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Triangle Downtowner Magazine

Movie Review: Inside Out

Jun 19, 2015 10:26AM ● By Davis Johnson
    Inside Out is Pixar’s 15th feature film and arguably one of its best. Instead of being targeted strictly for children, Pixar managed to add in some adult humor for the parents in attendance (which was a great relief). Pixar typically tries to stay clear of the cliché warm and fuzzy films. The studio goes out of its way to incorporate real life events, which makes it relatable for all ages.

                                                      WARNING: SPOILERS AHEAD

    What makes Inside Out unique and different from Pixar’s previous films is the powerful story. The majority of the film is set in the mind of an 11-year-old girl named Riley (voiced by Kaitlyn Dias) who lives with her parents in Minnesota. The avid hockey player’s mind is governed by five personified emotions: Joy (Amy Poehler), a fairy look-a-like who strives to keep Riley happy and is the de facto leader of the group; Anger (Lewis Black), a short red, square built, human torch who flies off the handle at a moment’s notice; Fear (Bill Hader), a scrawny, purple being who is afraid of everything; Sadness (Phyllis Smith), who resembles a blue office secretary who will literally lie on the ground in despair; and finally Disgust (Mindy Kaling), who looks and sometimes acts like a character from Mean Girls.

    In Riley’s mind there is a room with a control board where all five emotions fight for control. Whoever is in control of the board creates suggestions that Riley can’t help but be compelled to act on, and new memories are created as a result. A new memory is contained in a sphere with a specific color (whichever emotion helped create the event). There are five core memories which embody five themed islands that make up what Riley thinks about the most. Every emotion feels they have a purpose for Riley; except for Sadness, who is often unsure what she should do for Riley. The other emotions try to keep Sadness away from the control board by giving her mundane, out of the way tasks.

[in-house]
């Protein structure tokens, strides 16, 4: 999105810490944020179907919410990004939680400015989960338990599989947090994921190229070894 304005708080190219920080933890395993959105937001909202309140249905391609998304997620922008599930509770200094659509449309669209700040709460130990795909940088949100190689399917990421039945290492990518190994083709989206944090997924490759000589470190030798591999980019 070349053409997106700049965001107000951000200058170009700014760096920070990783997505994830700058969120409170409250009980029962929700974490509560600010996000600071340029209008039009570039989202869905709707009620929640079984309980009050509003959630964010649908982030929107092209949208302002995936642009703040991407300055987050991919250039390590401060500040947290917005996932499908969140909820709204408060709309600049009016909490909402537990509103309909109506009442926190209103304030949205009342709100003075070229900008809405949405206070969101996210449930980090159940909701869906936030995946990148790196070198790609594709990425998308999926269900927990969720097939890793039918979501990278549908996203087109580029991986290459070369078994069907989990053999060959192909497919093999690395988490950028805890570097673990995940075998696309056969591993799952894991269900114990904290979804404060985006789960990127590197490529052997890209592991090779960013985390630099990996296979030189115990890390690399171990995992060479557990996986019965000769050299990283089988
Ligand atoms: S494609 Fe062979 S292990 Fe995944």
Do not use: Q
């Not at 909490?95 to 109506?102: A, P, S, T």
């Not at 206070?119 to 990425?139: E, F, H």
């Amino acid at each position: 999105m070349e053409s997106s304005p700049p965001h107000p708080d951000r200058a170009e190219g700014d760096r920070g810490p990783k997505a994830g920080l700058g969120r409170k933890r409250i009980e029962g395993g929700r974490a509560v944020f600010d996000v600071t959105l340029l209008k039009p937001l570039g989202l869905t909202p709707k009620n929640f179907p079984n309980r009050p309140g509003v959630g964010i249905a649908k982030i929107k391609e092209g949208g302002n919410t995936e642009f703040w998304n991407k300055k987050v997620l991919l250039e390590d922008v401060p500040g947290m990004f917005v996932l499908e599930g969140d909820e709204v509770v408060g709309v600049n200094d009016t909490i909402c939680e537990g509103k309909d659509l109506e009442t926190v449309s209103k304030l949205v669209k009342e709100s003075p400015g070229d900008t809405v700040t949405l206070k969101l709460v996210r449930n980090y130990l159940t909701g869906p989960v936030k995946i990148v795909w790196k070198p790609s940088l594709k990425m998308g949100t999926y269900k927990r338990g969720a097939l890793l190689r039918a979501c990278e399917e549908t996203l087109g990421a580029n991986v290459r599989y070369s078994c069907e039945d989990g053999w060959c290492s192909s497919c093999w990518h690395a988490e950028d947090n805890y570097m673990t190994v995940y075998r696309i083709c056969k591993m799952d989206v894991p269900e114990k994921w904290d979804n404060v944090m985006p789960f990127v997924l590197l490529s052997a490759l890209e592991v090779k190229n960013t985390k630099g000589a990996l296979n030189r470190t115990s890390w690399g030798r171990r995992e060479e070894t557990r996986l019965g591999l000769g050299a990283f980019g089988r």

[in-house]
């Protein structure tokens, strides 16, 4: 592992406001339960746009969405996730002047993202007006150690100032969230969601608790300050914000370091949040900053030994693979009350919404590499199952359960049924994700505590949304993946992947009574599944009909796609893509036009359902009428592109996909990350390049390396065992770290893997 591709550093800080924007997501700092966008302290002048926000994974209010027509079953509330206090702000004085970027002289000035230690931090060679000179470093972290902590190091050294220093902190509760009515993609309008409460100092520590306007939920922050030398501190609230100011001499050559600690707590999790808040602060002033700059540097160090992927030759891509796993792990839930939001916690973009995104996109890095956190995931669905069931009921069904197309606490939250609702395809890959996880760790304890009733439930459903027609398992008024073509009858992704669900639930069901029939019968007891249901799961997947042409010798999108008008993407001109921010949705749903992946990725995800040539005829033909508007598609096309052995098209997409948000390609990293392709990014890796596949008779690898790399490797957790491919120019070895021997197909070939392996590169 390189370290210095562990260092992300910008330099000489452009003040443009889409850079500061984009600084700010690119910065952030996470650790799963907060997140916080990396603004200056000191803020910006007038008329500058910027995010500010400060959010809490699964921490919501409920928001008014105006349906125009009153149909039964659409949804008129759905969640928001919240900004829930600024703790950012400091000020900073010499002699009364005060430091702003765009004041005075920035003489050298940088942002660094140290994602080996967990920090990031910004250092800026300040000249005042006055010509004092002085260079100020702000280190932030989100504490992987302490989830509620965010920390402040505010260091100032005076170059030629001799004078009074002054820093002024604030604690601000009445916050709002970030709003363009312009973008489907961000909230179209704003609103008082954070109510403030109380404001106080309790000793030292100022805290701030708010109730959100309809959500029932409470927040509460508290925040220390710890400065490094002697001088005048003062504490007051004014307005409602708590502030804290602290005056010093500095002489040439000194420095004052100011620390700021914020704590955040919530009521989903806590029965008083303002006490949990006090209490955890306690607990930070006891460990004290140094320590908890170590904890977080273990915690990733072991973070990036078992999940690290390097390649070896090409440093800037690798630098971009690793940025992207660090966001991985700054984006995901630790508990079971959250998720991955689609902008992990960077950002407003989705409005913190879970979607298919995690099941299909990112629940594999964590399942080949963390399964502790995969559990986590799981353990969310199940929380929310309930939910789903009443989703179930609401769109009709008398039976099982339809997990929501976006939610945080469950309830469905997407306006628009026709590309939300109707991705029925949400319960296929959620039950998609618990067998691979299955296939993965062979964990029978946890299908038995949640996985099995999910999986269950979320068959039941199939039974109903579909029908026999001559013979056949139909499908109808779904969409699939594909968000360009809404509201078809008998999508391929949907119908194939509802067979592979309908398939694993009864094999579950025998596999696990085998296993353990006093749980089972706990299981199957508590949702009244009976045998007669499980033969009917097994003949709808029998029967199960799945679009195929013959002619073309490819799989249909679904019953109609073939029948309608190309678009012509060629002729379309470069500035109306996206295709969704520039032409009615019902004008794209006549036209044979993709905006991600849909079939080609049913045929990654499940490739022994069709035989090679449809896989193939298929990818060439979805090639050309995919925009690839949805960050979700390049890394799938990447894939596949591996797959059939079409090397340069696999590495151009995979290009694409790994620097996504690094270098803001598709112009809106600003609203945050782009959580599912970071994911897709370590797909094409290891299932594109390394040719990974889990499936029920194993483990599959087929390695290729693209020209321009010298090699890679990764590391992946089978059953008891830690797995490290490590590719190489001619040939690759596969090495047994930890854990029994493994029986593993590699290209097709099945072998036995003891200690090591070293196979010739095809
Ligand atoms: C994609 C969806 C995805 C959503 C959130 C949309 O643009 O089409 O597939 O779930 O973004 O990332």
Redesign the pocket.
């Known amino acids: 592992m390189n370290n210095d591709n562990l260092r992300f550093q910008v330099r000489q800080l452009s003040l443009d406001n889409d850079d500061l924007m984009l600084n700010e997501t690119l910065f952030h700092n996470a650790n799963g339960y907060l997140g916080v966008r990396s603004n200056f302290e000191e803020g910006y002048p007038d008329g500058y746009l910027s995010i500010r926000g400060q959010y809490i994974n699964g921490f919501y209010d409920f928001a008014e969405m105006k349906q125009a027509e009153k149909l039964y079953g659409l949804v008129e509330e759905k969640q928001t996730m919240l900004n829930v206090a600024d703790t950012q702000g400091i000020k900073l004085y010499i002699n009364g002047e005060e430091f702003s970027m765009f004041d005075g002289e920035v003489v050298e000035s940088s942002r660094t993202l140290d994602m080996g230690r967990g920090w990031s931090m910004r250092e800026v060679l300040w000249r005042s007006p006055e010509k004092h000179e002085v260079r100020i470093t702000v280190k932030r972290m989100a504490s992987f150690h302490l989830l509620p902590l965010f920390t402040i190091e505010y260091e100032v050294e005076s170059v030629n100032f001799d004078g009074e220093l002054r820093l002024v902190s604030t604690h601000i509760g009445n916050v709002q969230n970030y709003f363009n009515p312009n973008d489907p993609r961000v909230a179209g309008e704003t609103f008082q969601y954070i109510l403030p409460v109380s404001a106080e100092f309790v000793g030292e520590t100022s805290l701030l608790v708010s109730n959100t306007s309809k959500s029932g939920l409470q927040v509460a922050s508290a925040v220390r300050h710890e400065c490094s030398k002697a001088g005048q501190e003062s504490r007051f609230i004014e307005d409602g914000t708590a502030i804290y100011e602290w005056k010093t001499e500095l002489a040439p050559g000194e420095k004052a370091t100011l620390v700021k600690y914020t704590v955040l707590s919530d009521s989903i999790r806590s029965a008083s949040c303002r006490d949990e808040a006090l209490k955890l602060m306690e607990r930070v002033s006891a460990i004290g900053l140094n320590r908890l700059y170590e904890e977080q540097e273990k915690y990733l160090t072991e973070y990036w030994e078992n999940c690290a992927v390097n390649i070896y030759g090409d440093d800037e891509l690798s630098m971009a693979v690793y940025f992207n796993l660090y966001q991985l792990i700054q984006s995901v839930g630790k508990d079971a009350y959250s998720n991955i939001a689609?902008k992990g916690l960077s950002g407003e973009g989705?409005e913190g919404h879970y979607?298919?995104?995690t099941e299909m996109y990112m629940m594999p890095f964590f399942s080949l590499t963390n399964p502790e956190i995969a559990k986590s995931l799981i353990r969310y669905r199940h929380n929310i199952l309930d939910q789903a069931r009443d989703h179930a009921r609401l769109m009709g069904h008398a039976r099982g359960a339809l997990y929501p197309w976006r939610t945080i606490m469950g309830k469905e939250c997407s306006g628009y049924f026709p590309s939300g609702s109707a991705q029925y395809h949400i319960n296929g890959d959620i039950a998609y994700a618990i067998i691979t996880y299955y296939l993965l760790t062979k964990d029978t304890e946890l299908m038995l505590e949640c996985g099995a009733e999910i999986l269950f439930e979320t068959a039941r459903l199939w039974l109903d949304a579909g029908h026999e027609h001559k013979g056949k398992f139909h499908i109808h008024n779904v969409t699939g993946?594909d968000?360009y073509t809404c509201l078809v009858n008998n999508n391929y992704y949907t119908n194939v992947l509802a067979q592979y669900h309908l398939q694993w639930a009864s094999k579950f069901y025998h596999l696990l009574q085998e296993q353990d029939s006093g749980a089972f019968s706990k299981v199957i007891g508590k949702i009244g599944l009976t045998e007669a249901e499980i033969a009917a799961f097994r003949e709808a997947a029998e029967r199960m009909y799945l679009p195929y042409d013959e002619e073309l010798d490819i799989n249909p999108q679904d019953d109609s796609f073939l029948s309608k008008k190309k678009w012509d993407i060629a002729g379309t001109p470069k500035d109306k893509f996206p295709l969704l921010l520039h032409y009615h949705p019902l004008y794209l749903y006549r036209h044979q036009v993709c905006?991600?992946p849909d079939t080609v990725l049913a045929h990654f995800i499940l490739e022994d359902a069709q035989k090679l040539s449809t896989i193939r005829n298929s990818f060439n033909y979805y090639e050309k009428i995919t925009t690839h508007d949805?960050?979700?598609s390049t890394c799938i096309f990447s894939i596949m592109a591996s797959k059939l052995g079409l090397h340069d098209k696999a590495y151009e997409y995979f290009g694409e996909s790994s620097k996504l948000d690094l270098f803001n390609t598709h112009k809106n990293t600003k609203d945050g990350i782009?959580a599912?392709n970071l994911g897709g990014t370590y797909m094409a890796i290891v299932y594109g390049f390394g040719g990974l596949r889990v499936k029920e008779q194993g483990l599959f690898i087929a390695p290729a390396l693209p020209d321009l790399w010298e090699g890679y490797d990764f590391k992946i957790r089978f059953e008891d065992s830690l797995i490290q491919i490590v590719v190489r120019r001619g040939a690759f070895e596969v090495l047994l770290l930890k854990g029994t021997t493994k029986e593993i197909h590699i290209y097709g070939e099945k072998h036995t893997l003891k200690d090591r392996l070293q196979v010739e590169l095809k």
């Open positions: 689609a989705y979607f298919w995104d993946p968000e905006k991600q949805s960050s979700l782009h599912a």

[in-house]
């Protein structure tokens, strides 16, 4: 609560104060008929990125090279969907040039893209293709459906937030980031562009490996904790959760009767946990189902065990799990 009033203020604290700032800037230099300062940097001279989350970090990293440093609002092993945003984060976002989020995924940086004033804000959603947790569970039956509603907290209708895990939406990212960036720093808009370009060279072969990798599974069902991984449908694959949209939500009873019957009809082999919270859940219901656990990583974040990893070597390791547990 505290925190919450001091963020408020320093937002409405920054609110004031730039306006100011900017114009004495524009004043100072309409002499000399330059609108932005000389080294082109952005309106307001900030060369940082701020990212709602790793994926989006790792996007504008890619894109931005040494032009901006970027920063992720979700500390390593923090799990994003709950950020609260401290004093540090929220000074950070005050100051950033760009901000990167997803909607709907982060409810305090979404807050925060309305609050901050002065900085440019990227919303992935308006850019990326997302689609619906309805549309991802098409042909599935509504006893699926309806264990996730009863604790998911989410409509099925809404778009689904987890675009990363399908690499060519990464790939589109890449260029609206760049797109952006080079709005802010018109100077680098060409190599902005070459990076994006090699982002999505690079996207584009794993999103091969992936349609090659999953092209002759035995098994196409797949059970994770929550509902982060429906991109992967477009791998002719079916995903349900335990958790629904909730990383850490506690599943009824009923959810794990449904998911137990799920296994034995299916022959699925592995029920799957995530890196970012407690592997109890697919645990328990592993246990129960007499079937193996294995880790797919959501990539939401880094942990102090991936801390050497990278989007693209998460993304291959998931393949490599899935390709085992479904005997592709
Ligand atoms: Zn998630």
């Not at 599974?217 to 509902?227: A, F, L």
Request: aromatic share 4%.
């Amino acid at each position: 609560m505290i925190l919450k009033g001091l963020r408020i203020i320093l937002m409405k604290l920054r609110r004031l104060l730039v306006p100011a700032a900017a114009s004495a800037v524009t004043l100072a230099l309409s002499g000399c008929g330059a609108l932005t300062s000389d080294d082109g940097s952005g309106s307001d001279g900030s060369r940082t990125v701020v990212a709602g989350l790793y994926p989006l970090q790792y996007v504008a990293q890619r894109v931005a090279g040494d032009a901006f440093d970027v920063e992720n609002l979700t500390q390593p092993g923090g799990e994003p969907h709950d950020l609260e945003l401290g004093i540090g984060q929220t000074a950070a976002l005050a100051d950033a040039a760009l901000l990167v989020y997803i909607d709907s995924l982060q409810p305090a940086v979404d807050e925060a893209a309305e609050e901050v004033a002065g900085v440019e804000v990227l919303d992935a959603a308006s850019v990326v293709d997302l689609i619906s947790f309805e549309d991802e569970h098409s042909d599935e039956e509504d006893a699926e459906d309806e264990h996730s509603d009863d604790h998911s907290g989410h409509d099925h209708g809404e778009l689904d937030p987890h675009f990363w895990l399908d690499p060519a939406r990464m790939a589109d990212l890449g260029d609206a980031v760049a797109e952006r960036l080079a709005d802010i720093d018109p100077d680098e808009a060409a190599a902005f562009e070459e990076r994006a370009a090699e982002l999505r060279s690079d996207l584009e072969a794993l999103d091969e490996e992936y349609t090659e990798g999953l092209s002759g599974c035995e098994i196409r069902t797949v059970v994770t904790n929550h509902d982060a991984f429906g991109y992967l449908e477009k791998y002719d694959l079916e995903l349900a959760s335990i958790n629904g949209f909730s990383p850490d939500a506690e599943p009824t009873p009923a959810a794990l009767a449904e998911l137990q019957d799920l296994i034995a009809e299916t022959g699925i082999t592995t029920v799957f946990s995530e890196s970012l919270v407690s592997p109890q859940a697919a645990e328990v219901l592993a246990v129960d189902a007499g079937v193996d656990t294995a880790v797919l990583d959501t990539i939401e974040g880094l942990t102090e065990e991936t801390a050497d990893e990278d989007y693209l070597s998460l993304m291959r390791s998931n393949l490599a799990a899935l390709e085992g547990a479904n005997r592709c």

When forced to move with her parents to San Francisco, Joy tries to keep Riley happy by showing past memories. When a memory that was categorized by happiness turns blue after Sadness touches it, the group is unable to change the memory back to it’s original “happy-yellow” color. Joy does her best to keep Sadness away from the core memories, but mayhem ensues as the two are sucked through a transport tube where memories are divided into short-term or long-term.

    The two journey through Riley’s mind with the core memories in hand in an attempt to reactivate them to prevent any disaster. Along their journey, the two encounter Riley’s long lost imaginary friend, Bing Bong (Richard Kind). He’s a pink, cotton candy creature with the head of an elephant, a nose that makes noises like a trumpet, and cries candy. Bing Bong joins the two with hopes to be able to play with Riley again.

    Back at headquarters, the other emotions are unable to keep Riley happy. Anger decides that Riley should run away to Minnesota so she can be happy again and make new core memories. It quickly becomes a race for Sadness and Joy to bring back the core memories in fear of an unknown outcome should they fail.

    The film tackles the representation of depression in such a remarkable way that the word doesn’t even need to be said. Riley’s character is clearly depressed at points, from not fitting in at school, failing hockey try outs, to missing everyone back in Minnesota. There is no magic solution for the struggle Riley is going through. There is no miracle cure or fairy godmother to help it go away. The underlying message is that things will get better so long as she is patient and feels loved.

    If you’re looking for a film to captivate your soul then make haste to watch Inside Out. Even as an adult it will open your eyes and make you ponder your current state, and you’ll have a good laugh in the process.